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An ancient artifact holds the key to the saving the world's food supply from a plague of spores.

Book Review: The Doomsday Key by James Rollins

Was the purpose of the Domesday Book other than what is traditionally assumed by mainstream historians? And did the word “wasted” inscribed in it, as well as the peculiar red-inked markings, indicate something more sinister that could possibly rear its ugly head in our time and somehow threaten the world? And does the island of Bardsey hold a clue to saving the world? If you're a James Rollins fan, you know that the answer will almost certainly be a resounding "yes."

Rollins' newest Sigma Force action thriller opens with a handful of mysterious events: a strange and loathsome disease wipes out an English village in the spring of 1086; an archaeologist is hunted down and killed inside the Vatican for the contents of a tiny satchel; and a U.S. senator's son working on genetically engineered crops in Africa is murdered in a brutal attack on the GM project site. The link between all these compelling events? A mysterious symbol in the shape of a cross, branded into all of the victims.

Part of what makes Rollins' thrillers so enjoyable is the way in which he weaves ancient legends and symbols into myths entirely of his own making by including modern day plots and technological threats. In The Doomsday Key Rollins not only treats us to the ancient evils and myths of the English Isles, which hide the secret to the Doomsday Key, he unleashes modern day dangers of genetic crop modification and bioprospecting into the mix.

Genetically modified crops are an area that's open wide to all kinds of experimentation, much of which is not as far out as the storyline in The Doomsday Key seems to suggest. For instance, in 2001 a biotechnology company called Epicyte created a crop with the ability to reduce human fertility. This is one of the facts that Rollins sprinkles throughout his yarn. How far off are the events of Rollins' story? And what abuses have been enacted but slipped undetected? One can only speculate. Bioprospecting offers its own possibilities for danger, too: think long-buried plagues brought back to life. Though most of such research is motivated by noble motives, Rollins asks, what if the wrong people used the technology in order to advance their twisted aims?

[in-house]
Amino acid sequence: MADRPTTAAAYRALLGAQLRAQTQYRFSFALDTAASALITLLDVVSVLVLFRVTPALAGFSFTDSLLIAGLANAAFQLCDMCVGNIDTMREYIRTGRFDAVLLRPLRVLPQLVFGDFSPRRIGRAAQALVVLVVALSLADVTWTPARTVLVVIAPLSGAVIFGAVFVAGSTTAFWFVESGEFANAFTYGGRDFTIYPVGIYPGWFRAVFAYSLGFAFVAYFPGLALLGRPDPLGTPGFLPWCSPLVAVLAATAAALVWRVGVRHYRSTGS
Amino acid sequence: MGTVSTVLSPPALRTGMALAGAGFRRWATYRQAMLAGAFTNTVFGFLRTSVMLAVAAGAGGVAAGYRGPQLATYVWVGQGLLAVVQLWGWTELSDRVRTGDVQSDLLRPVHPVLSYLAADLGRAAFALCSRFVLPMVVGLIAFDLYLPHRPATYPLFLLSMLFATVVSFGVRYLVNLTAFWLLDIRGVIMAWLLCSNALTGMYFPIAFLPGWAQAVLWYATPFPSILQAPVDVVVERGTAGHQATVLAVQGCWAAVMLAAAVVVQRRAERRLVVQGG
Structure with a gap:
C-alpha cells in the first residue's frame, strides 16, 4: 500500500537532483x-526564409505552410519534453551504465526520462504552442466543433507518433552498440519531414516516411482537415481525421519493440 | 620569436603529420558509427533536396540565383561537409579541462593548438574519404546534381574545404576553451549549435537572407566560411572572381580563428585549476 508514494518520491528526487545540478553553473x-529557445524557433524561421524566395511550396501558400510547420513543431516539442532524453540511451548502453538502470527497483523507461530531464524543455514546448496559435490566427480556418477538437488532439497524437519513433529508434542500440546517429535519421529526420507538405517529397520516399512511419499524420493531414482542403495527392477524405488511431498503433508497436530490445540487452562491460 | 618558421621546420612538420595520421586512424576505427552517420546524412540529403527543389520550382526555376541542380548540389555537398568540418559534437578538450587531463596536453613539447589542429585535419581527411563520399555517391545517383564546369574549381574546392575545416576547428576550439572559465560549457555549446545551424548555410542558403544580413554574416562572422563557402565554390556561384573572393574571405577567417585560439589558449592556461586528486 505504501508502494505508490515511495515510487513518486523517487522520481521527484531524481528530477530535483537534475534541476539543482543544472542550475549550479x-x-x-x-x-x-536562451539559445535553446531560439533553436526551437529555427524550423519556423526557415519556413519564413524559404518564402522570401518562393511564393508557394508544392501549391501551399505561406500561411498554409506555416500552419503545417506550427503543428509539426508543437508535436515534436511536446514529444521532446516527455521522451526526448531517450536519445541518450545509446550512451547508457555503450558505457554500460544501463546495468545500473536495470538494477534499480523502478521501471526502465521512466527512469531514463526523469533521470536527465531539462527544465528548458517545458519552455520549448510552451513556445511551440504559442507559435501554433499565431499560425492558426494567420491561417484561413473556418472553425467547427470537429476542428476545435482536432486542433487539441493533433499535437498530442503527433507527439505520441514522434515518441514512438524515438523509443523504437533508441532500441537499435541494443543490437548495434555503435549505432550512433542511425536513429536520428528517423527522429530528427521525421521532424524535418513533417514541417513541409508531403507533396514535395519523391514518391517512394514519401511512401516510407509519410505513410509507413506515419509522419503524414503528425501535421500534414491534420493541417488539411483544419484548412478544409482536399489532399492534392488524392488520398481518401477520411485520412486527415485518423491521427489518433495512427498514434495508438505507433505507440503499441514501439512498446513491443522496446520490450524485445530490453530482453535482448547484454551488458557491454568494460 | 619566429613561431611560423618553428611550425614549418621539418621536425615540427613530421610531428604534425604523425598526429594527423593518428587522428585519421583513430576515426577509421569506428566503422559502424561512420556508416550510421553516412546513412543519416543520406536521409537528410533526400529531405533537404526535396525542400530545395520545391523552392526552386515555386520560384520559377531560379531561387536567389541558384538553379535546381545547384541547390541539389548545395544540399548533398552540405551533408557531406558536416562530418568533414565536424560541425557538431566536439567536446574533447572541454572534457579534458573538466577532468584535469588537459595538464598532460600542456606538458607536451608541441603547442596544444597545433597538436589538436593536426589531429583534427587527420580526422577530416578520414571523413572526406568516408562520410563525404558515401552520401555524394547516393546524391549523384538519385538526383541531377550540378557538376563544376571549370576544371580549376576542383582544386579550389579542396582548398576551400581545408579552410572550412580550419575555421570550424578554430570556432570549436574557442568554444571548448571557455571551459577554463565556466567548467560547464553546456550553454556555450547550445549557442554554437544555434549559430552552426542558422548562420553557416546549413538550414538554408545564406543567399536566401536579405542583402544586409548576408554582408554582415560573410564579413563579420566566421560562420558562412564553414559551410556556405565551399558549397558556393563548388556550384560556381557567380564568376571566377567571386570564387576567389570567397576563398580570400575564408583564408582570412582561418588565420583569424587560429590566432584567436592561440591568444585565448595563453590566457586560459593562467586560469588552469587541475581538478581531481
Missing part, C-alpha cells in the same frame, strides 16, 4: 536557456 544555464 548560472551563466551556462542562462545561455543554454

Sigma Force Commander Gray Pierce is thrust into a dangerous hunt for clues in just such a scenario when he must fly to Rome in order to help his friend Rachel Verona. It was her uncle who arranged a meeting between himself and the archaeologist inside the Vatican, a meeting that someone wanted to prevent. Now as he lays in a Rome hospital comatose from the blast Rachel wants to discover who killed the archaeologist researching the roots of Celtic Christianity and why. Her clue? A tiny satchel she recovered while snooping the crime scene. But another woman from Gray's past makes an appearance in Rome, the treacherous assassin known as Seichan. Soon the trio are fighting in the streets of Rome, including a spectacular action sequence through the Coliseum as agents of a mysterious cabal spare nothing in order to stop them in their tracks.

Rollins orchestrates other crescendos of action as battles over the Doomsday Key between the Sigma team and Guild agents are fought in, among other exotic locales, the English peat country, where a fiery apocalypse leaves the team singed but not stirred; and the frozen Norwegian wastelands, home to the Svalbard Global Seed Vault where crusty polar bears do not take too kindly to all the ruckus. In the end, treachery forces Pierce to make a choice between the woman he loves and the future of the world's food supply.

Though in some of his thrillers action seems to predominate — 2004's Ice Hunt comes to mind here — Rollins strikes an balanced approach in his latest thriller, allowing the reader some recovery time between the rough and tumble of the action. And though, for now, this is the last Sigma Force book, The Doomsday Key leaves room for more: “A war is coming,” Pierce says. Stay tuned. Rollins has surely more up his sleeve.

About A. Jurek

A Jurek is a Blogcritics contributor.

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